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Page 3 Profile: Yair Lapid, Israeli politician
Why is he in the news?
Mr Lapid, a well-known television personality in Israel, founded the centrist Yesh Atid (There is a Future) party only last year. Yet the charismatic former journalist and his colleagues defied expectations to win 19 seats in this week's election, becoming the second-largest party in parliament. Prime Minister Benjamin Netanyahu's Likud-Beitenu alliance took 31 of 120 seats, and he is expected to form a new coalition in the coming weeks.
Will Lapid be a minister?
Following the exit polls, Mr Netanyahu telephoned Mr Lapid and offered to work with his rival, saying: "We have the opportunity to do great things together." But Mr Lapid is determined not to be marginalised or turned into a junior coalition partner. He has demanded a reversal of the law which allows Orthodox Jewish seminary students to defer military service, as well as a concerted effort to revive peace talks with the Palestinians – something Mr Netanyahu has not been particularly keen on.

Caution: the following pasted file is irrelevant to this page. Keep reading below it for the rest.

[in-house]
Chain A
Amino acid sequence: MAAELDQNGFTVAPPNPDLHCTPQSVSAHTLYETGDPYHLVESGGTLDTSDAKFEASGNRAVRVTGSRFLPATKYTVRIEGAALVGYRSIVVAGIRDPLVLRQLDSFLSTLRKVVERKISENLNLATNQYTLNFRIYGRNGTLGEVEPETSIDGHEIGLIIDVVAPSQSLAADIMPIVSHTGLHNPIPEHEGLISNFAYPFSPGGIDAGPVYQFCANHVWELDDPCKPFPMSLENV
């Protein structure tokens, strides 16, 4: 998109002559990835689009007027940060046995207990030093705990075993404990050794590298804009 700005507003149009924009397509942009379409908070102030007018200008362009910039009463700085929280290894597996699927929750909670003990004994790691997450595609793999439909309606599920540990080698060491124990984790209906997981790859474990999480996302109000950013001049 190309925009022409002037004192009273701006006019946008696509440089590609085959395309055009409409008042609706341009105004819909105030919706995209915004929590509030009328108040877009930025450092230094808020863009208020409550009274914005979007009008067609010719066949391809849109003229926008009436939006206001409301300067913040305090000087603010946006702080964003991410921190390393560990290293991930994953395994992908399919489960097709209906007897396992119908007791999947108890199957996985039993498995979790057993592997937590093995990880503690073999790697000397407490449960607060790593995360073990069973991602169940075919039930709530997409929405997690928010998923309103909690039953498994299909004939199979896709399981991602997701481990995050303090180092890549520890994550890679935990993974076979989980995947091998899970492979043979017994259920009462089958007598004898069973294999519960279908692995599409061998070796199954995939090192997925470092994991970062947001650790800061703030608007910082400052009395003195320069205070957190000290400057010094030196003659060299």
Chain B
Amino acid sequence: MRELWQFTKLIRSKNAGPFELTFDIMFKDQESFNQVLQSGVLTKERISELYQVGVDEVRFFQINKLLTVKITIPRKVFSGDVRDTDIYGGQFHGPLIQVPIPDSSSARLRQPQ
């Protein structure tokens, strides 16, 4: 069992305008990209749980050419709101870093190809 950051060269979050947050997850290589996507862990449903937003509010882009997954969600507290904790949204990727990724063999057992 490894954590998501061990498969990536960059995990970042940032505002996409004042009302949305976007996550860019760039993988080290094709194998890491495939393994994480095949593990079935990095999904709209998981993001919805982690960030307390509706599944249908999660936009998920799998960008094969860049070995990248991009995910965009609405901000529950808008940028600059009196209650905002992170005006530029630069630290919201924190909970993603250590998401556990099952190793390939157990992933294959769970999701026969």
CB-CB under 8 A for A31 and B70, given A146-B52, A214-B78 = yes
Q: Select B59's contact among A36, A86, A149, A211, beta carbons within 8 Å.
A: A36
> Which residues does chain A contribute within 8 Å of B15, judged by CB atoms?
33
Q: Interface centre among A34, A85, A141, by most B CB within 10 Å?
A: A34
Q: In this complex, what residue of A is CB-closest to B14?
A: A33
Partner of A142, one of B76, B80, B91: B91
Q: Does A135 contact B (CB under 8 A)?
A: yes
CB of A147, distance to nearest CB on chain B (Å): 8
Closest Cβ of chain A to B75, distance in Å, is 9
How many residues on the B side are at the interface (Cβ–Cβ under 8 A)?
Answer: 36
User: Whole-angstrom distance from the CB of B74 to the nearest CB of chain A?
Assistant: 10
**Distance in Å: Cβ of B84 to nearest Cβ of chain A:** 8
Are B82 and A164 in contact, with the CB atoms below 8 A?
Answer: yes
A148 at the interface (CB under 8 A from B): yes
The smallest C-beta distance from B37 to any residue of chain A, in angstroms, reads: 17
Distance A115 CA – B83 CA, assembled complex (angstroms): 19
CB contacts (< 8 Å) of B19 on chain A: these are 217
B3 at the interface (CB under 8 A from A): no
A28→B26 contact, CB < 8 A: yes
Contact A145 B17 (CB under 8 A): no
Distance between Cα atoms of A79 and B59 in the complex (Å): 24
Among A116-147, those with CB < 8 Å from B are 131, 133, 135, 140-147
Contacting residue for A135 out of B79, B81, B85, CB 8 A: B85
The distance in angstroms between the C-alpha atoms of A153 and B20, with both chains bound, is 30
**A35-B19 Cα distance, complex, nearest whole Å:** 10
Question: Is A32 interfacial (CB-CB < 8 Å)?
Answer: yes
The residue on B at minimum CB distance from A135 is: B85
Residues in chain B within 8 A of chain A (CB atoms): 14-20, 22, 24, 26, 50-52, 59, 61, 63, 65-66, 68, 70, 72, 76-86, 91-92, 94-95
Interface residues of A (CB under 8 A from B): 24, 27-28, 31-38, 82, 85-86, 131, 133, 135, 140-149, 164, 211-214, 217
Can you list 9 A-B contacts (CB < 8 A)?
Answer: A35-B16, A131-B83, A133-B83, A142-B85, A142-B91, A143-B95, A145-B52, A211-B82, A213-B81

Why did his party do so well?
It's easy to compare Mr Lapid with our very own Robert Kilroy-Silk – both were popular television figures who went on to found political parties. But whereas Kilroy-Silk's right-wing Veritas party foundered, Mr Lapid is riding a wave of success. The 49-year-old began his career as a military correspondent for the Israel Defence Forces' magazine, worked his way up to becoming a newspaper editor and moved into television. Like his father, who went from being a journalist to leading the Shinui party, his secular policies have attracted considerable support among the middle-clases.
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